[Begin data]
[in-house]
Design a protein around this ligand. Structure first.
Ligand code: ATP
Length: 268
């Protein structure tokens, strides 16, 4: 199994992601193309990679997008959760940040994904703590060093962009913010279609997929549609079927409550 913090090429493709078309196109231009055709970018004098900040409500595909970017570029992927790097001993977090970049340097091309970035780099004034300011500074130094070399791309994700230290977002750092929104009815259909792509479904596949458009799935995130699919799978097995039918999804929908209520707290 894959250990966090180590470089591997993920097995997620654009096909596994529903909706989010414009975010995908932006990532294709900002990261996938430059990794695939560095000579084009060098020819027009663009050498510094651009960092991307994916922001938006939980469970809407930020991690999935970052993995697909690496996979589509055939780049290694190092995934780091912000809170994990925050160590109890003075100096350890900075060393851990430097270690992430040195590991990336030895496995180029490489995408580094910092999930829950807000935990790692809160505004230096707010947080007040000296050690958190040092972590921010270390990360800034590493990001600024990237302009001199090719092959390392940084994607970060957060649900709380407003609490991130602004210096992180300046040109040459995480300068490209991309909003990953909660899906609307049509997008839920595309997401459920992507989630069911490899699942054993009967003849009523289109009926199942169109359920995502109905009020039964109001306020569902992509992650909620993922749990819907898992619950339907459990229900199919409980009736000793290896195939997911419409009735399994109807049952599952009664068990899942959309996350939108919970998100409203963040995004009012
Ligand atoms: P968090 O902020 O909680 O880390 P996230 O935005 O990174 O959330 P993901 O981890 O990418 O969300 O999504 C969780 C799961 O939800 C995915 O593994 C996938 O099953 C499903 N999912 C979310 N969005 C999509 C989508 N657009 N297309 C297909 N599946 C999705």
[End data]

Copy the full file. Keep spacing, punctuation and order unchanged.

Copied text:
[in-house]
Design a protein around this ligand. Structure first.
Ligand code: ATP
Length: 268
């Protein structure tokens, strides 16, 4: 199994992601193309990679997008959760940040994904703590060093962009913010279609997929549609079927409550 913090090429493709078309196109231009055709970018004098900040409500595909970017570029992927790097001993977090970049340097091309970035780099004034300011500074130094070399791309994700230290977002750092929104009815259909792509479904596949458009799935995130699919799978097995039918999804929908209520707290 894959250990966090180590470089591997993920097995997620654009096909596994529903909706989010414009975010995908932006990532294709900002990261996938430059990794695939560095000579084009060098020819027009663009050498510094651009960092991307994916922001938006939980469970809407930020991690999935970052993995697909690496996979589509055939780049290694190092995934780091912000809170994990925050160590109890003075100096350890900075060393851990430097270690992430040195590991990336030895496995180029490489995408580094910092999930829950807000935990790692809160505004230096707010947080007040000296050690958190040092972590921010270390990360800034590493990001600024990237302009001199090719092959390392940084994607970060957060649900709380407003609490991130602004210096992180300046040109040459995480300068490209991309909003990953909660899906609307049509997008839920595309997401459920992507989630069911490899699942054993009967003849009523289109009926199942169109359920995502109905009020039964109001306020569902992509992650909620993922749990819907898992619950339907459990229900199919409980009736000793290896195939997911419409009735399994109807049952599952009664068990899942959309996350939108919970998100409203963040995004009012
Ligand atoms: P968090 O902020 O909680 O880390 P996230 O935005 O990174 O959330 P993901 O981890 O990418 O969300 O999504 C969780 C799961 O939800 C995915 O593994 C996938 O099953 C499903 N999912 C979310 N969005 C999509 C989508 N657009 N297309 C297909 N599946 C999705």